The best negotiators practice saying and doing things in ways that send precisely the message they want to send. The bottom line is that the better you become at using nonverbal communication and reading the nonverbal messages others send, the more effective you can be as a negotiator. Realize that everything you do at the bargaining table is part of the communication and negotiation process. So make sure you don’t send the wrong messages by doing something that conflicts with what you want to say.

Rule 4: Be Concise: Most people tune out a majority of what they hear, so you should always be concise and get right to your point. Say what you mean in as few words as possible, without being blunt. If you drone on, people will stop listening to you. To ensure your message reaches your counterpart, oversimplify your message and then elaborate as they ask questions. Repeat your main point several times to emphasize what’s most important.

To boost your negotiating power even more, practice saying everything clearly and concisely, then repeat your key points to yourself again and again. One main problem with negotiation occurs when your counterpart is too wrapped up in what they want to say, that they don’t pay attention to what you say. This is why it is so important to organize your thoughts and say your main points in a concise, compelling way.

Rule 5: Always Translate Your Message into Benefits for the Other Party: People always listen more carefully when they believe some benefit exists in your message for them. In negotiations, focus on that benefit, even when the underlying purpose of the message is in your favor. As a salesperson, you should always highlight the value of your service, rather than the cost. Always talk in terms of what benefits the other party receives as a result of the negotiation terms.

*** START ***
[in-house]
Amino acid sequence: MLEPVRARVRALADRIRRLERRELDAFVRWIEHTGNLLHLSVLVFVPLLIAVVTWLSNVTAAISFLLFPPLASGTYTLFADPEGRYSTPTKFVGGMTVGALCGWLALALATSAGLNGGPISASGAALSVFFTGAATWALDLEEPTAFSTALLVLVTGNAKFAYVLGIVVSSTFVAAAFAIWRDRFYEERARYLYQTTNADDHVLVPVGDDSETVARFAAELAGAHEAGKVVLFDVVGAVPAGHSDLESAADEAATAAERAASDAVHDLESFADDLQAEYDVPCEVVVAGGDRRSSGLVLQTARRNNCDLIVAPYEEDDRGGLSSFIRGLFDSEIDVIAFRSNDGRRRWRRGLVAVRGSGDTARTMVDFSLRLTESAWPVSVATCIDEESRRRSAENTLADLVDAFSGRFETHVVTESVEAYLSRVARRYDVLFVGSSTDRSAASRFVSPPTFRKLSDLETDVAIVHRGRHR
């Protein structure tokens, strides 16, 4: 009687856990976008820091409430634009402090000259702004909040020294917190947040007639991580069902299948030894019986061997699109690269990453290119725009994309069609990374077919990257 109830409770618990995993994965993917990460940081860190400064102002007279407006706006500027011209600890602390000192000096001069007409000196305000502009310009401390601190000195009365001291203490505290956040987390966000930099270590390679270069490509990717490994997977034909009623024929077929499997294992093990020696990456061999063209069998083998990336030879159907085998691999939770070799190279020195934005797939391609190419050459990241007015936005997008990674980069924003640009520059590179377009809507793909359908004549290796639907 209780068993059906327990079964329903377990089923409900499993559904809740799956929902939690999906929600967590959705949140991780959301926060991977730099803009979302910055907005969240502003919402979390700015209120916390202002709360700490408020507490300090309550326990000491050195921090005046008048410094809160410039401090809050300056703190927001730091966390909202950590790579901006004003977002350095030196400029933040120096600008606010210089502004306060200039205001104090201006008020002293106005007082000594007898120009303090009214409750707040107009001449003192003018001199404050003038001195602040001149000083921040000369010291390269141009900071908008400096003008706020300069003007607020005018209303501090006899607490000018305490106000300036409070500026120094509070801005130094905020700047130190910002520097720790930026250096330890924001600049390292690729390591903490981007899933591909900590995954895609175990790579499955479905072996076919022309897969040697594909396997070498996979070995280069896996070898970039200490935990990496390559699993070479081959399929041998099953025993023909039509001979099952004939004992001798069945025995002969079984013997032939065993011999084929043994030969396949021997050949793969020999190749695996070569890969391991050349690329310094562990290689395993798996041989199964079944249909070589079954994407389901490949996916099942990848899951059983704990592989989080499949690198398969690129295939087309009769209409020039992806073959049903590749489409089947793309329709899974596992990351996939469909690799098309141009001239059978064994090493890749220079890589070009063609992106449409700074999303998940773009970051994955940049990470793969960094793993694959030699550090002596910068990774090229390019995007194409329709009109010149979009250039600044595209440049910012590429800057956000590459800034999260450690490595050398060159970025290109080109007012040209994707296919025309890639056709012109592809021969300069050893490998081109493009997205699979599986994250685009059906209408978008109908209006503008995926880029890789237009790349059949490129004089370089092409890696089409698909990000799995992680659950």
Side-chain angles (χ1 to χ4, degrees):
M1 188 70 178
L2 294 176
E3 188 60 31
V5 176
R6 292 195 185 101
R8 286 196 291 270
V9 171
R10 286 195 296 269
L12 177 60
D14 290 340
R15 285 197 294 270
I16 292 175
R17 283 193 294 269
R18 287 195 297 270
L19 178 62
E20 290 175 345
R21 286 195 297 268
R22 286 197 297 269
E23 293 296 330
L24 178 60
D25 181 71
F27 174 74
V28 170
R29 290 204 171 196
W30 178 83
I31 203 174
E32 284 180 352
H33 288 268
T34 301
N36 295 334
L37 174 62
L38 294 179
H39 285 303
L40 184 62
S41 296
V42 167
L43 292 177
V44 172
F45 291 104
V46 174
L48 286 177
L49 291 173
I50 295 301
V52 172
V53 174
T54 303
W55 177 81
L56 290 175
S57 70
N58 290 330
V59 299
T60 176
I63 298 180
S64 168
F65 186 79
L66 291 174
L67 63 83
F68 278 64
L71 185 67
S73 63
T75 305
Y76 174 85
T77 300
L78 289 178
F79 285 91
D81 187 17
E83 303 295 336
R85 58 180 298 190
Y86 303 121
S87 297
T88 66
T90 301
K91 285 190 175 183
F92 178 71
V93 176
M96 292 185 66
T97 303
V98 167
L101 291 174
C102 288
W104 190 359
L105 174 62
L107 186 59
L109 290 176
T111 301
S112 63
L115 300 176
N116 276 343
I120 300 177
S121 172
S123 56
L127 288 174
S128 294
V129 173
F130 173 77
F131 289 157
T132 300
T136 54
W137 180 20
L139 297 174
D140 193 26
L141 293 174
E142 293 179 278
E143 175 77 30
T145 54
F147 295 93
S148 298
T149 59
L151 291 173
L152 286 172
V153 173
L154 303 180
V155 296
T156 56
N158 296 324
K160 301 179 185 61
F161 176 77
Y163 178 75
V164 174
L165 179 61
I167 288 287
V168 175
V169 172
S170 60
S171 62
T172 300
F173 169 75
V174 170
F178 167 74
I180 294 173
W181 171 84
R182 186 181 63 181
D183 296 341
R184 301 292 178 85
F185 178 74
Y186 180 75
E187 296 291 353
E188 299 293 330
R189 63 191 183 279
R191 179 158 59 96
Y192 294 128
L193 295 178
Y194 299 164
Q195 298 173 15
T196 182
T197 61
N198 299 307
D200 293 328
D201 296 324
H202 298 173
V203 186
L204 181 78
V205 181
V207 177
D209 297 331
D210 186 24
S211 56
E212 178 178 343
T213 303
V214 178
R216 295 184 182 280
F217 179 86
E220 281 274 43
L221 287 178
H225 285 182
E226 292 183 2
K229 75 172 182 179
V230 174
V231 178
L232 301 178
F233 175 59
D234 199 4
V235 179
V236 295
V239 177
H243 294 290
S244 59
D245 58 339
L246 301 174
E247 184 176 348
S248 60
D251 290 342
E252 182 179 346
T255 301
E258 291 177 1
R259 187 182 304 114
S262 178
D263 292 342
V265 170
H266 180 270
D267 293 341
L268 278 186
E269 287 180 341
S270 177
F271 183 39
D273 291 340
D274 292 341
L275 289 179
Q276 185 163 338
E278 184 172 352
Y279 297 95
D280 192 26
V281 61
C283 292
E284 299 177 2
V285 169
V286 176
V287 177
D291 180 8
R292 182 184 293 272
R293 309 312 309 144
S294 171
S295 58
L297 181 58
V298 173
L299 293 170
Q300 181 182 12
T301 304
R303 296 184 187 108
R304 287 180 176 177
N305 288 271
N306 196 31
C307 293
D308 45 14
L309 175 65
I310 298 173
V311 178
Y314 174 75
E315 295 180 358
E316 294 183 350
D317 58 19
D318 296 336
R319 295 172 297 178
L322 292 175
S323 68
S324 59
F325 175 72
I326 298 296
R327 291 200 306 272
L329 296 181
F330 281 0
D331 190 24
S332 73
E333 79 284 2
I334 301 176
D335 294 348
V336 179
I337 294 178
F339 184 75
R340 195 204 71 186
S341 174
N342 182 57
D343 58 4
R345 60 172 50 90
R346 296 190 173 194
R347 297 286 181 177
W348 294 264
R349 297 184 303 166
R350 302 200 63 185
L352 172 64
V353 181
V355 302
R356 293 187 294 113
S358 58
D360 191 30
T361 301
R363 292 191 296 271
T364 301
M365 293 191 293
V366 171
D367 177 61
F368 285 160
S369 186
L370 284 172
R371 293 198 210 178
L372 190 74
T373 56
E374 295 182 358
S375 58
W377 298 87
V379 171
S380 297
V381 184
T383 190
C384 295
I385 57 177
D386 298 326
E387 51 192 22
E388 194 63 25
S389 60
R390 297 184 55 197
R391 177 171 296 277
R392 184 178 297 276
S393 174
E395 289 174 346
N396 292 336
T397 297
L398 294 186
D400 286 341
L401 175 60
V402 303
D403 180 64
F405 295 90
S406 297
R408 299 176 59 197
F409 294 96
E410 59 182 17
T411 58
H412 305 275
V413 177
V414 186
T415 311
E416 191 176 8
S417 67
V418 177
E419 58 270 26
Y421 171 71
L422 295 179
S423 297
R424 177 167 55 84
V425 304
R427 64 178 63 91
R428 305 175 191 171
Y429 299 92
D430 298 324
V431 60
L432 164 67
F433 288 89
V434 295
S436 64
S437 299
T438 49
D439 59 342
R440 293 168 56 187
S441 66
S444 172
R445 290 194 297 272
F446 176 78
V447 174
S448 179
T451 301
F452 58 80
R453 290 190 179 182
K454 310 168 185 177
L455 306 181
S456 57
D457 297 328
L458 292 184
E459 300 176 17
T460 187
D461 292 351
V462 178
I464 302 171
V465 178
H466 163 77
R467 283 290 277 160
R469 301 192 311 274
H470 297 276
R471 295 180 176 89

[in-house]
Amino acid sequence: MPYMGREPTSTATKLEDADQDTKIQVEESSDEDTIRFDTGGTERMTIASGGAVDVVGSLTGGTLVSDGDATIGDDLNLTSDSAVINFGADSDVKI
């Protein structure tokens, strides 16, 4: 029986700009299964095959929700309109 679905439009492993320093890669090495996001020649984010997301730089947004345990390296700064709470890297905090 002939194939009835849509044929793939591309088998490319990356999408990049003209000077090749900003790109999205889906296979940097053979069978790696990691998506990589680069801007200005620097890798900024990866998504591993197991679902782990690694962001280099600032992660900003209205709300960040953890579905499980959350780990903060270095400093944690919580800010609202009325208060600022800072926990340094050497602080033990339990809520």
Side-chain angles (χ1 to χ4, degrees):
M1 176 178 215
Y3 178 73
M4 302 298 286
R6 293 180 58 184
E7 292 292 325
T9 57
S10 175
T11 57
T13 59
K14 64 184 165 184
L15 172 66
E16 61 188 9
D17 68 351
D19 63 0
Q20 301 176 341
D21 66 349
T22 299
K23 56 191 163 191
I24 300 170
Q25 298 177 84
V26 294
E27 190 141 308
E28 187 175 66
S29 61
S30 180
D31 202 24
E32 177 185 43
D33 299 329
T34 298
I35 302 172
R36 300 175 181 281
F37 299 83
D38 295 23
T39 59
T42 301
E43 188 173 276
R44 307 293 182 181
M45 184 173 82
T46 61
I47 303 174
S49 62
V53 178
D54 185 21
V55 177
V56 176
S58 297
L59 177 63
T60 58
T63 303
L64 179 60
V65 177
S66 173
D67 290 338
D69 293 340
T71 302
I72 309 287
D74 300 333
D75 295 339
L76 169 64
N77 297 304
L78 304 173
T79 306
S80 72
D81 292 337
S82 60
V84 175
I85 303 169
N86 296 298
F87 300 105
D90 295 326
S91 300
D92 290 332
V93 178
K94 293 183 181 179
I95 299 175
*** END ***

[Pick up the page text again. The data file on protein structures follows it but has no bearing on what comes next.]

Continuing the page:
Rule 6: Listen Carefully to the Other Party: If you want to reach a mutually beneficial agreement, you must make sure your messages are heard and understood. But don’t be so caught up in your own message that you don’t hear or understand what the other party needs to reach an agreement. Use the following tips for listening more effectively:

  • Open your mind and be receptive to the other party’s message.
  • Make a commitment to listen and follow through with this commitment as soon as they start to talk.
  • Listen for feelings, as well as facts, and consider the other party’s concerns.
  • Eliminate distractions. Close your door, turn of the radio, and tune in to the other person.
  • Respond to the other party with questions that stimulate conversation and clarify your understanding of his or her message.
  • Take notes on the important points the other party makes, and keep these points in mind as you formulate your responses.

As you improve your listening skills, you increase your negotiating effectiveness by collecting more information to use in your search for solutions.

Communication is the Key to Effective Negotiation: Communication is a two-way street that requires everyone involved to exchange messages. To negotiate more effectively, you must relate to the other party with strong communication skills. By using these six rules for effective communications, you can overcome barriers, reach a higher level of satisfaction every time you negotiate, and win more sales in the process.

John Patrick Dolan is a convention presenter, member of the National Speakers Association Speakers Hall of Fame, and author of the best selling book “Negotiate Like the Pros.” His offices can be reached at 888-830-2620.

[From Connection Magazine November 2005]